Group asks FDA to pull birth control patch off market

Arguing that it's a far riskier treatment than the pill, consumer advocacy group Public Citizen has asked the FDA to pull the birth control patch Ortho-Evra off the market. Over the last few years, health risks associated with the weekly patch have been discovered, including higher rates of blood clots than women who took birth control pills. This is thought to be the case because patients absorb up to 60 percent more estrogen with the patch. Since 2005, the FDA has updated the patch to include clot warnings but otherwise left the drug alone. On the other hand, the warnings may have had some effect, as demand for the patch has dropped from 9.9 million scripts in 2004 to 2.7 million in 2007.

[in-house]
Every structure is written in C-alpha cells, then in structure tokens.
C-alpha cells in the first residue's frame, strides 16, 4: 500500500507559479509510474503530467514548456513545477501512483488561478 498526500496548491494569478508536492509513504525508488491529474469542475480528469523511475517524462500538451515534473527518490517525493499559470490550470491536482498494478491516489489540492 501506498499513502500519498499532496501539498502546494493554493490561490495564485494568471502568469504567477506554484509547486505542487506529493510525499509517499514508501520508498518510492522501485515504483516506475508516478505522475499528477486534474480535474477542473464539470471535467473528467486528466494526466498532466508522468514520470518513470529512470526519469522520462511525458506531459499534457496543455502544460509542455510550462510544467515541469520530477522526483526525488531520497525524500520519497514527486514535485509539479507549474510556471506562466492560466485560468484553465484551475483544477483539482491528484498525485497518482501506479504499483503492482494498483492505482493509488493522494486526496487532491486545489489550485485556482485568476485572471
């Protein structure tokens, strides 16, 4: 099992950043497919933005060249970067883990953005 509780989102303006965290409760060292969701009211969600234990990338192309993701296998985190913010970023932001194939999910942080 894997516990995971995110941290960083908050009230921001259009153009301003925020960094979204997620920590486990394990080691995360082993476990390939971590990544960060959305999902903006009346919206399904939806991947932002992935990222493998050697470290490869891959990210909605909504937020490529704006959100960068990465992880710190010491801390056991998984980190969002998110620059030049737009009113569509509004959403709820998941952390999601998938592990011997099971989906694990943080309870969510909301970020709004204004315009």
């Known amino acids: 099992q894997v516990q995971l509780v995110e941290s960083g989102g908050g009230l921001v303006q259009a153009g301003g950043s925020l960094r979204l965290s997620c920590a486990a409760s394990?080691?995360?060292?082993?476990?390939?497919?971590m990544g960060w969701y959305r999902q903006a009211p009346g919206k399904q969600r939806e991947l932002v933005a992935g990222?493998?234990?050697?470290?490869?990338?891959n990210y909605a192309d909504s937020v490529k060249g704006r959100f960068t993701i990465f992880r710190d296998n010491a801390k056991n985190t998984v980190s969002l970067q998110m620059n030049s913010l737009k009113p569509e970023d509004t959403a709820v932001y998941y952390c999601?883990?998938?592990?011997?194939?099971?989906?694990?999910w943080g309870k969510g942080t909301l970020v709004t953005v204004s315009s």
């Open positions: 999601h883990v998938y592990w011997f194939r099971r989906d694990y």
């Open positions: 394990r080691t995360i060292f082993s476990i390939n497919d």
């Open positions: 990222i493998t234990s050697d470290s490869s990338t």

In the mean time, there's been a flood of state suits against patch-maker Johnson & Johnson, which has been sued by more than 3,000 women and their families, all claiming that its FDA-approved Ortho Evra patch caused harm by delivering much more estrogen than expected.

To learn more about the group's request:
- read this Associated Press item

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